Elizabeth Wurtzel continues to spout nonsense.

If you follow news about the publishing industry, you’ve probably heard about Penguin suing to recoup advances from authors who didn’t deliver the goods. For the record, I have no sympathy for any of these authors, particularly this Herman Rosenblat character, who was supposed to turn in a memoir and instead wrote fiction. You get a book deal, you’d best deliver the goods. The publisher is not evil for expecting to get a product in return for its money.

Anyway. The list of authors includes the perpetually howl-inducing Elizabeth Wurtzel…

who signed a $100,000 deal in 2003 to write “a book for teenagers to help them cope with depression.” Penguin wants Wurtzel to return her $33,000 advance (and at least $7500 in interest).

In terms of dollar amounts, Wurtzel is one of the less offensive characters on the list, so perhaps she would have been wise to let the facts and figures speak for themselves. Instead, she gave NPR some hilarious lines about how Penguin is being so MEEN to her.

ELIZABETH WURTZEL: There’s no reason to sue me. There was a reason to say look, we’re really serious and we need to talk about this.

NEARY: Elizabeth Wurtzel, best known as the author of “Prozac Nation,” is one of a dozen authors being sued by the Penguin Group for failing to deliver their books on time. The advances ranged from $10,000 to $ 81,000. Wurtzel got $33,000 to write a book on helping teenagers cope with depression.

WURTZEL: I think at some point they did send me a letter about this. I mean, I think it’s one of those things that I probably should have dealt with and didn’t because I’m an author and I’m not good about this stuff.

NEARY: Wurtzel says she started the book and could have finished it but her editor left the company and no one else at Penguin pursued the project. Wurtzel says Penguin is simply trying to make a point with the lawsuit.

WURTZEL: I see that they’re trying to act like a real business that doesn’t treat authors differently from any other contractor. But having said that, a real business would make a business decision that would say that their relationship with me is of value to them. It should be of value to them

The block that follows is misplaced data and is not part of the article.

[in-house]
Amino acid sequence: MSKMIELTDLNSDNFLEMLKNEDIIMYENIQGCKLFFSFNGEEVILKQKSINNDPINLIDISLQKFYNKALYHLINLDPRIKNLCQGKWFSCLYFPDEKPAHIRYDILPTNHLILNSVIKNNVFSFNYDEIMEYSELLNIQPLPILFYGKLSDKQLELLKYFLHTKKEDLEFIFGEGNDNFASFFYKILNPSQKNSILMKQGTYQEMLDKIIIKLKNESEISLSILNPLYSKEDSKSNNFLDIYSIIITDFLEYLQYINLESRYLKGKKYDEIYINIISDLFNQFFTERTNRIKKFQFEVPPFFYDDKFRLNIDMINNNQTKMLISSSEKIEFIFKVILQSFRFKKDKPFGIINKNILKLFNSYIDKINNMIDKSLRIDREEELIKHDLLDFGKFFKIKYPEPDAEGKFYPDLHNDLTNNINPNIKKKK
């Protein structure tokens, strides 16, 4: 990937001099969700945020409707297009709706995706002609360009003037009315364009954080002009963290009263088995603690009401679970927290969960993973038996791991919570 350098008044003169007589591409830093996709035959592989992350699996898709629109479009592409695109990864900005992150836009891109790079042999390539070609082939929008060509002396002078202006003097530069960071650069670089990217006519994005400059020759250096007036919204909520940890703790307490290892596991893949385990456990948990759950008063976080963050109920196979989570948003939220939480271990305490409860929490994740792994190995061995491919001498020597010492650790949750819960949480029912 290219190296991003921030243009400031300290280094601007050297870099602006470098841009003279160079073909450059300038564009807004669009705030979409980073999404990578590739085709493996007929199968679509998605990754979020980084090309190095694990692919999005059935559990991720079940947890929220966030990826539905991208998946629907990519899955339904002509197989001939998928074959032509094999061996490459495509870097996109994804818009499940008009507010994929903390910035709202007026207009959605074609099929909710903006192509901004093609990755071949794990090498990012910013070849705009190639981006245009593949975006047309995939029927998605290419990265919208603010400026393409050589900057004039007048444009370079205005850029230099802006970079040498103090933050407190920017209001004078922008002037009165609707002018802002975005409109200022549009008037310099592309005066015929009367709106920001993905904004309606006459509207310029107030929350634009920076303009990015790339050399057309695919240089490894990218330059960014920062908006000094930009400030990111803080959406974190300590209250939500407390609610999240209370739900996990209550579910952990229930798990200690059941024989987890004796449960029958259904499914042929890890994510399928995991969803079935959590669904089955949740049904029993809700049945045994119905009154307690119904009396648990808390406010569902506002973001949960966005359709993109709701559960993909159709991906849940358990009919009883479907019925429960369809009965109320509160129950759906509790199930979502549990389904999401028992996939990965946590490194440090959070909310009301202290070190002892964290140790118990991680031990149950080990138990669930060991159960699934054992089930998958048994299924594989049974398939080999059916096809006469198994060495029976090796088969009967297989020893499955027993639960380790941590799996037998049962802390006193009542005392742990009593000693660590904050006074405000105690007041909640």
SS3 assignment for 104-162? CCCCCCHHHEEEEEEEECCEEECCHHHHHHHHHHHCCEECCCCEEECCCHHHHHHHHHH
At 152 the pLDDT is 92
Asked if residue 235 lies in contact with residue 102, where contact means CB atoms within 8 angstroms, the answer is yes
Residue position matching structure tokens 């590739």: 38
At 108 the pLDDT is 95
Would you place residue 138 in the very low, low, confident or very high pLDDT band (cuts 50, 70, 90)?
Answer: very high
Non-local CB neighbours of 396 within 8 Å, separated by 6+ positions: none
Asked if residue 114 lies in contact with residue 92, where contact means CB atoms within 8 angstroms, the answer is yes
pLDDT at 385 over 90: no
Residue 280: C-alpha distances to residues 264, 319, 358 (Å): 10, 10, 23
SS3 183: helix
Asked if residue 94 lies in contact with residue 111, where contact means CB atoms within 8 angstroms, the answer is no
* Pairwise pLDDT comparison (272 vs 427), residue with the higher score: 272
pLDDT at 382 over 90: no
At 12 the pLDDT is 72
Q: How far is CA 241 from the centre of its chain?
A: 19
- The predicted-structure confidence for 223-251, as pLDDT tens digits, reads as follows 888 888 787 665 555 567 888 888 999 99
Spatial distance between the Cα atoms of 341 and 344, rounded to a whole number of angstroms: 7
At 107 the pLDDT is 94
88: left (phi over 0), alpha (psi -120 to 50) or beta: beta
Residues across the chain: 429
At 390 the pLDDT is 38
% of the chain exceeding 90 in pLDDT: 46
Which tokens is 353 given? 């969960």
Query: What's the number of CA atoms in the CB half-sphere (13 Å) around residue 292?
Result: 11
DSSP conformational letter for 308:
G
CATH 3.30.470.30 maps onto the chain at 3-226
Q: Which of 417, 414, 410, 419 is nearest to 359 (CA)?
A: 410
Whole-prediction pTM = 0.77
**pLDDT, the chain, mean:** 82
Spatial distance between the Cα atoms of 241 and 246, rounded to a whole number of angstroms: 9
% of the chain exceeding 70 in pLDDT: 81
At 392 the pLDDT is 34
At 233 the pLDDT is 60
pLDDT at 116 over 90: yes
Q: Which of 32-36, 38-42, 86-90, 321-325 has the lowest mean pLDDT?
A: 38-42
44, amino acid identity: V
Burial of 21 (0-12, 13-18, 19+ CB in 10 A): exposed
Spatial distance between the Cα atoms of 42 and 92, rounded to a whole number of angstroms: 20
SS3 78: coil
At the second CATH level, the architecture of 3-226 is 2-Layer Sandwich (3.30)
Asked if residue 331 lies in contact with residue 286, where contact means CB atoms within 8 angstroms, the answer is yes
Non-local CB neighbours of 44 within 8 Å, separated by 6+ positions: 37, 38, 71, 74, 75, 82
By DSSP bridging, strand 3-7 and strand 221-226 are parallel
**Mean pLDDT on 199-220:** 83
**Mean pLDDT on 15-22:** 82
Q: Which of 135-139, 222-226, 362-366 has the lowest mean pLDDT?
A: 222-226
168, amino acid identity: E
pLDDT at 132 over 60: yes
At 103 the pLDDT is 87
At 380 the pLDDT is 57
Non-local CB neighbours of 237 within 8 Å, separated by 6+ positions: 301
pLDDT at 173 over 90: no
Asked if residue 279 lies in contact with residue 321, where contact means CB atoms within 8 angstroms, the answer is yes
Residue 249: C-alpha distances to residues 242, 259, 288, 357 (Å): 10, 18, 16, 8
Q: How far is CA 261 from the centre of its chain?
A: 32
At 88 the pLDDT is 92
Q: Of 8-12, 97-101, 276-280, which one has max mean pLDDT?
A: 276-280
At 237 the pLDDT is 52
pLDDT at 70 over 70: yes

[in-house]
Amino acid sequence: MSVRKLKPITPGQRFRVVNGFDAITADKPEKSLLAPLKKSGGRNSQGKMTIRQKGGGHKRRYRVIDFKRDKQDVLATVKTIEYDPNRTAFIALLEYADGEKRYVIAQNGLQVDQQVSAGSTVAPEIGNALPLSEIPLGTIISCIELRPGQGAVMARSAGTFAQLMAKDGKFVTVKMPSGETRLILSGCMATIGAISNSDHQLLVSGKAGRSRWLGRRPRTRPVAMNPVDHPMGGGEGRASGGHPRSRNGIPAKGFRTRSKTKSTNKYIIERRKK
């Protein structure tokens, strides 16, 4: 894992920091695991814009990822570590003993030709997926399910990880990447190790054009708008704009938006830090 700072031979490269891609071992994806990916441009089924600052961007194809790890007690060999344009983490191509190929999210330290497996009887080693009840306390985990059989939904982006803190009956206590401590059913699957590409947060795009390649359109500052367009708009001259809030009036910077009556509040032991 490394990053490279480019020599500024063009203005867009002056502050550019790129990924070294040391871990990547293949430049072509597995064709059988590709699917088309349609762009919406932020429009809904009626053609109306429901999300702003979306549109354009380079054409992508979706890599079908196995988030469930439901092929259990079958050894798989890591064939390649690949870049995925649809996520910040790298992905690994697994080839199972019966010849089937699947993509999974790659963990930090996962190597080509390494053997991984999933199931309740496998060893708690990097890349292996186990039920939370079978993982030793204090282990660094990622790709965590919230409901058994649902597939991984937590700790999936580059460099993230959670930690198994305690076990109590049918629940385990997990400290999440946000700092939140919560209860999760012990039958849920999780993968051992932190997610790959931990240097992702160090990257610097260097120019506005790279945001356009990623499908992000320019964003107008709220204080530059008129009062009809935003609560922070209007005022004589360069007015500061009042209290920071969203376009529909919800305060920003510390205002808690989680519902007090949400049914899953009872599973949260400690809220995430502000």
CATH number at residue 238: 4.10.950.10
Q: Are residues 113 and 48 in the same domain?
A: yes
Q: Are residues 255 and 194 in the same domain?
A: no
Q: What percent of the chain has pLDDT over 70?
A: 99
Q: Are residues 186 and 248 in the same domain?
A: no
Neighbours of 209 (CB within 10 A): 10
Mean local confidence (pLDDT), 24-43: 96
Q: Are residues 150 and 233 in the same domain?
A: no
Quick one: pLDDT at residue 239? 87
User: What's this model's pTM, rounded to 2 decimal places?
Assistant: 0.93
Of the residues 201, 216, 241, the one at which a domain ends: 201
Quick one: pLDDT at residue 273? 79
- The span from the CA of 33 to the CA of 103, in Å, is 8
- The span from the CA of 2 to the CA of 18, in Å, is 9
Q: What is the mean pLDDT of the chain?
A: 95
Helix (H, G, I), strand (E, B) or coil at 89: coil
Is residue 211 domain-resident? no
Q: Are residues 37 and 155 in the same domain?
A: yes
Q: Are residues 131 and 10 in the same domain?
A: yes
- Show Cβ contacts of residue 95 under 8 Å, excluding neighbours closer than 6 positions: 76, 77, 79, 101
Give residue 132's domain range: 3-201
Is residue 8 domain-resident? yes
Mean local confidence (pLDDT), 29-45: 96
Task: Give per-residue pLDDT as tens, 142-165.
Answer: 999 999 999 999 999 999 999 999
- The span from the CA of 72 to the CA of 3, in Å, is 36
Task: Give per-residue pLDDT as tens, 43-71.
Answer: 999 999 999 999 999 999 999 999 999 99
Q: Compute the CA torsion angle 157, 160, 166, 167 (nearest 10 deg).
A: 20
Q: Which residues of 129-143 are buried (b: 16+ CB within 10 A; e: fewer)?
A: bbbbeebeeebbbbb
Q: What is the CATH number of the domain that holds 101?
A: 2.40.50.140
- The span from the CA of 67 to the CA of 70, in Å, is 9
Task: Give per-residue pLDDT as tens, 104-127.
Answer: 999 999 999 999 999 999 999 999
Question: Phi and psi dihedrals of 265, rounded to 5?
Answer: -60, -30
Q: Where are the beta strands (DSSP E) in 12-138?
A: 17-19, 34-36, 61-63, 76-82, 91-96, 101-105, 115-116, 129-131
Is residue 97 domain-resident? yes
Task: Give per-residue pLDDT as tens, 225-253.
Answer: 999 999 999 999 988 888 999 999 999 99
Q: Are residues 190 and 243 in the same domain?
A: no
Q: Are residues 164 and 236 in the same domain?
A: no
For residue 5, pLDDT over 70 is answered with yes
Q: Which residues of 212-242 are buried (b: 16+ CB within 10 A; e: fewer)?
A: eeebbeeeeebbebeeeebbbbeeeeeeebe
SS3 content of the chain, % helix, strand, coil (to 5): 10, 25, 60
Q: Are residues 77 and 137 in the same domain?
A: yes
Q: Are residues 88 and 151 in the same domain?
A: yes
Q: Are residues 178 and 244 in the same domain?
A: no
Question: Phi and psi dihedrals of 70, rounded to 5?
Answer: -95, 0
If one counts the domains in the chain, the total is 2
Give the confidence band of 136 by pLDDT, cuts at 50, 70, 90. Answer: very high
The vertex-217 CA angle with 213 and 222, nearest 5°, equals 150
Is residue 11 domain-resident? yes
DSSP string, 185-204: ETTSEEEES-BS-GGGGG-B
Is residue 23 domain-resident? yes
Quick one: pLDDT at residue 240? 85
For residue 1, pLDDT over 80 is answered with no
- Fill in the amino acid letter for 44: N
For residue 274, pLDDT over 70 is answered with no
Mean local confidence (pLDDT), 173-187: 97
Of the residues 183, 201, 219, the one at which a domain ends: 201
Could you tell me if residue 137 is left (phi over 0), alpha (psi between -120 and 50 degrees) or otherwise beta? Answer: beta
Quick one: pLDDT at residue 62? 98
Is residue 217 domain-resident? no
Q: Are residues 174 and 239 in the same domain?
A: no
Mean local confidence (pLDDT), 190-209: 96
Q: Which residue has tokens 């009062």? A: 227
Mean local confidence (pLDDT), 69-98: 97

NEARY: It should be of value says Wurtzel because “Prozac Nation” is a bestseller. It’s made a lot of money for the company. In fact, she says, Penguin can get the money she owes it from her royalties.

Hold on a moment.

“I think it’s one of those things that I probably should have dealt with and didn’t because I’m an author and I’m not good about this stuff.”

Because you’re an AUTHOR and you’re NOT GOOD ABOUT THIS STUFF?

I have to use this caption again:

DID YOU FALL OUT OF A STUPID TREE?

Ms. Wurtzel is a memoirist, journalist, and a licensed attorney. She has worked as a lawyer at a New York law firm. She has no Earthly business portraying herself as a flighty creative type who doesn’t know how to deal with business and legal issues. Your blogger, meanwhile, is a NOVELIST and somehow manages to live in the real world along with normal humans. Perhaps it’s because I can’t afford to quit my day job, but it bears repeating that Ms. Wurtzel has completed law school and practiced law. She should have the skill set to deal with a publisher taking legal action against her.

They should have communicated with her rather than suing her. Oh, maybe they did try to communicate with her, but authors are too special to handle matters like “a publisher is demanding product in return for its money.” It’s not her fault, anyway, because her editor quit and no one else worked with her. Also, Penguin doesn’t need to sue her because it can take the money she owes out of her royalties for Prozac Nation.

(Seriously, which one is it? If it’s okay for Penguin to withdraw her advance money from her royalties for an earlier work, then obviously they ARE entitled to get their money back.)

Perhaps this is a technique she learned at Boies, Schiller & Flexner: if the facts aren’t on your side, just throw shit at the walls until it sticks. If you can’t convince them, then confuse them. However, the fun thing about the written word is that those of us with good reading comprehension and critical thinking skills can take a few minutes to parse out the bullshit, and once your words have been seen on the Internet, they can’t be unseen.

6 thoughts on “Elizabeth Wurtzel continues to spout nonsense.

  1. When you look up “chutzpah” in the dictionary, I think this lady’s picture might appear. Wow. I wish *I* could get away with this defense at work. “I’m just not good with this stuff, so you can’t expect me to actually complete my work on time. But you should pay me anyway.”

    • It’s not even a question of “complete on time.” Nine years later and she just…hasn’t done it. She republished a women’s advice book the following year, but the teen depression book never happened.

  2. Wow! Umm, I didn’t know how to change a diaper when I had my first child, but not doing it was not an intelligent option. Can you image me saying, I’m just not good at those type of things? REALLY, WTF?

      • I think someone needs to find a hardback copy of her best seller, and knock her upside the head with it….although, it’s unlikely to increase her common sense….SMDH.

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